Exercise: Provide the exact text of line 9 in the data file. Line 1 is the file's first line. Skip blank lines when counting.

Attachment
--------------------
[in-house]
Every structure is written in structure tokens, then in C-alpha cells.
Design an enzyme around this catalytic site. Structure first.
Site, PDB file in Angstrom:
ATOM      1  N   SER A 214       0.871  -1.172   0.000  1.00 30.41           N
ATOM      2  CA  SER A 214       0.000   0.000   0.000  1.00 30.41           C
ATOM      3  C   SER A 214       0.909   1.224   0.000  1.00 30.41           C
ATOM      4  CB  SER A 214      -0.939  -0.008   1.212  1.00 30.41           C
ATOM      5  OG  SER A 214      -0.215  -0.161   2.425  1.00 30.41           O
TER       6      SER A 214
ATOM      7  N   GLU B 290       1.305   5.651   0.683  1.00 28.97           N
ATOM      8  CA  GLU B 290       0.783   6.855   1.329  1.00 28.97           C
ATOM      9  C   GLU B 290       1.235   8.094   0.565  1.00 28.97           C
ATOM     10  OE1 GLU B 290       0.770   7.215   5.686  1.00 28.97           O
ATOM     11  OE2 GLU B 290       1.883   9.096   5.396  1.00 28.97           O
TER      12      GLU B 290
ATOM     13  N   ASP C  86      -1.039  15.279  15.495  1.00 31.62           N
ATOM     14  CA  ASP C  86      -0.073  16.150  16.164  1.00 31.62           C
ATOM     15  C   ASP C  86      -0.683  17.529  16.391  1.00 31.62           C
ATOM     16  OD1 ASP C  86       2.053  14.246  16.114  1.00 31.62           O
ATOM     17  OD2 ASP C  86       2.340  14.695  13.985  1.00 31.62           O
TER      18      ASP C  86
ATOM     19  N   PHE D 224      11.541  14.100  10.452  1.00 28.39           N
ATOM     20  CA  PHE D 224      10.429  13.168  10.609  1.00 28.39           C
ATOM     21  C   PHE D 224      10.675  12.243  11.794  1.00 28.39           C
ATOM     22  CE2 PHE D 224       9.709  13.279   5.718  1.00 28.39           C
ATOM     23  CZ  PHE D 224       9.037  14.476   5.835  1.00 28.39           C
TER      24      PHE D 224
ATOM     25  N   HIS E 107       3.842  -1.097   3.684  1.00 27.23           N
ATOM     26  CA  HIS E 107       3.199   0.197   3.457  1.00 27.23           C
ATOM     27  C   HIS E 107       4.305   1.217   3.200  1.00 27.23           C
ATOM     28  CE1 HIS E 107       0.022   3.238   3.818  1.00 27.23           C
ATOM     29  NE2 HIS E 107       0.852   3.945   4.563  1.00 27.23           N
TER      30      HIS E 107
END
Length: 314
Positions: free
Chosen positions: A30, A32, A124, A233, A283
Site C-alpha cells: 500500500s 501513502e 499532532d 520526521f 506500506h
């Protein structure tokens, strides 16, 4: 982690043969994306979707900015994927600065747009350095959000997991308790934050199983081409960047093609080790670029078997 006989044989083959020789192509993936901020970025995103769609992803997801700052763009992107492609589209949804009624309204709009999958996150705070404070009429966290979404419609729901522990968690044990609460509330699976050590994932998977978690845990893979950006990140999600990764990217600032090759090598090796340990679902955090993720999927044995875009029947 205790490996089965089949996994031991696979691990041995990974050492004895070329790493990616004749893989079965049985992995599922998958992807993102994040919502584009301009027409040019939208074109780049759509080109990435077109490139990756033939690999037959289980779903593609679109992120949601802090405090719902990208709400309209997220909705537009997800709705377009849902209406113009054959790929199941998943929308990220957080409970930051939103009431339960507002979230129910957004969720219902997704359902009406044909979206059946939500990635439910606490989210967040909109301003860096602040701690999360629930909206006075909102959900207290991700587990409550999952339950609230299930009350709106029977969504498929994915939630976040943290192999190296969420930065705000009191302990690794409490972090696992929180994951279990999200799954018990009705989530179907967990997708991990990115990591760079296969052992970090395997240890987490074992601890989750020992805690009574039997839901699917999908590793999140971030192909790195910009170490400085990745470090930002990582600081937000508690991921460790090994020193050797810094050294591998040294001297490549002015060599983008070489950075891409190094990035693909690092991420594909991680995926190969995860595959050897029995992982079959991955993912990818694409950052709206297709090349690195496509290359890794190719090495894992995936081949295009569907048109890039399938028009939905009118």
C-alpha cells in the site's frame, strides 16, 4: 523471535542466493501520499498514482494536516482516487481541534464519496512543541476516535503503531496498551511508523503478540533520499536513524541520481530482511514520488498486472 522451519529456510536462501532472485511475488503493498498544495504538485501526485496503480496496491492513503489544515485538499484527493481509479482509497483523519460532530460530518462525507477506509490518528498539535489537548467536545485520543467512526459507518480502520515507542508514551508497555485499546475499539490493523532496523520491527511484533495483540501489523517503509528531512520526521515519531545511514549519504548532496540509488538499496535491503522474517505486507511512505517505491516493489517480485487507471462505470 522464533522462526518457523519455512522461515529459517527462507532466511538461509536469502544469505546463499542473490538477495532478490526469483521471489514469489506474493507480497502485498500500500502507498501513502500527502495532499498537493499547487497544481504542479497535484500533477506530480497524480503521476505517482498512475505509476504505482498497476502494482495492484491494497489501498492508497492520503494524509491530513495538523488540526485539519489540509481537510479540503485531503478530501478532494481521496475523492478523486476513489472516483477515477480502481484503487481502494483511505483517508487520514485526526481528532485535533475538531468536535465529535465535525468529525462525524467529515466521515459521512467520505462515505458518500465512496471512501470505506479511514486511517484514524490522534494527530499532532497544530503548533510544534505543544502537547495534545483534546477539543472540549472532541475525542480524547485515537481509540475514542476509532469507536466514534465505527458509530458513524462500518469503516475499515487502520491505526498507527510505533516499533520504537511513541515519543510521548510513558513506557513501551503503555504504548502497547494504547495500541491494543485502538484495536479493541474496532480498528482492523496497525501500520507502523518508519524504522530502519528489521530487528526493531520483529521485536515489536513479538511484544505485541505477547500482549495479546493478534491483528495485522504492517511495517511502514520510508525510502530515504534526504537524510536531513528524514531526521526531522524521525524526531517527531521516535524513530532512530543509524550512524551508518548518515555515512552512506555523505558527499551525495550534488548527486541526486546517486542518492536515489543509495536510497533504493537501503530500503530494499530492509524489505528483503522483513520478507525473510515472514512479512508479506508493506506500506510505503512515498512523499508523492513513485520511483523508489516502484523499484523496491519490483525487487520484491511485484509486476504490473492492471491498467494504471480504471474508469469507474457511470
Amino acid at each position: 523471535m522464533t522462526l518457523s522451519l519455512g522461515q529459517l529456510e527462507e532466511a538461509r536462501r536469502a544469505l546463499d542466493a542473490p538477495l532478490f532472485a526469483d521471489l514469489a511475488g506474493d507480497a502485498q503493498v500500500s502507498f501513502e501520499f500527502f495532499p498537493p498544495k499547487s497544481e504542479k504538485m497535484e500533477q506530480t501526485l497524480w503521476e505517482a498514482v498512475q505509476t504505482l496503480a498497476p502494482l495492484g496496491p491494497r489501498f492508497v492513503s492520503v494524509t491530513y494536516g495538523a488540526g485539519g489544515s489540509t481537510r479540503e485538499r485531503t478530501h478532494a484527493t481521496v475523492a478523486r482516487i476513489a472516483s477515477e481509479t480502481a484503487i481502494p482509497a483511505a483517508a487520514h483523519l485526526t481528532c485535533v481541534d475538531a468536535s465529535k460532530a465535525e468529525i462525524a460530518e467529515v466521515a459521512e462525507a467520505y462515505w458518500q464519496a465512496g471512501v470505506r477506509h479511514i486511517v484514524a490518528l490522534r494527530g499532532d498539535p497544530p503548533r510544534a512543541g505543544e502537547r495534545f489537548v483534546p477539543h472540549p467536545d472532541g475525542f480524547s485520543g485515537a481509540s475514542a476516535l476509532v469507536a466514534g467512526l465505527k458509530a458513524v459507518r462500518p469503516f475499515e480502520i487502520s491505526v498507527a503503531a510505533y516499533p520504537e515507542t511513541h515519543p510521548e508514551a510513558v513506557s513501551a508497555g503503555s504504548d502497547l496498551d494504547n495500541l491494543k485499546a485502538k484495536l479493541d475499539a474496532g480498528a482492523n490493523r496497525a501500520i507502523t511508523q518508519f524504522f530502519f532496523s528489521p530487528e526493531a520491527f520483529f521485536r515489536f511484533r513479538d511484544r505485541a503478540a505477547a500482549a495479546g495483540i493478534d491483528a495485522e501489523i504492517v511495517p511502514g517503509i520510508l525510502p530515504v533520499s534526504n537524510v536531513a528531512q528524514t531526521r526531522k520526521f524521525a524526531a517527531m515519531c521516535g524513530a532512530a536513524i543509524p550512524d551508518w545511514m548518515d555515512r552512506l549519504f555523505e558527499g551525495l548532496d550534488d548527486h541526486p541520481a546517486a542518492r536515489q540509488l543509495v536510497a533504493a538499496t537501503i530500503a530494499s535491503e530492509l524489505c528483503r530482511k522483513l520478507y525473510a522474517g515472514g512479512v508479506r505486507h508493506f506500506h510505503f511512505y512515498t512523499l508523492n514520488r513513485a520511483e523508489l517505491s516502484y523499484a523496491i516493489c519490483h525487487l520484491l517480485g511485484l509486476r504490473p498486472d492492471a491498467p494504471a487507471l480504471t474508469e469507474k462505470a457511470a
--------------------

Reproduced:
ATOM      5  OG  SER A 214      -0.215  -0.161   2.425  1.00 30.41           O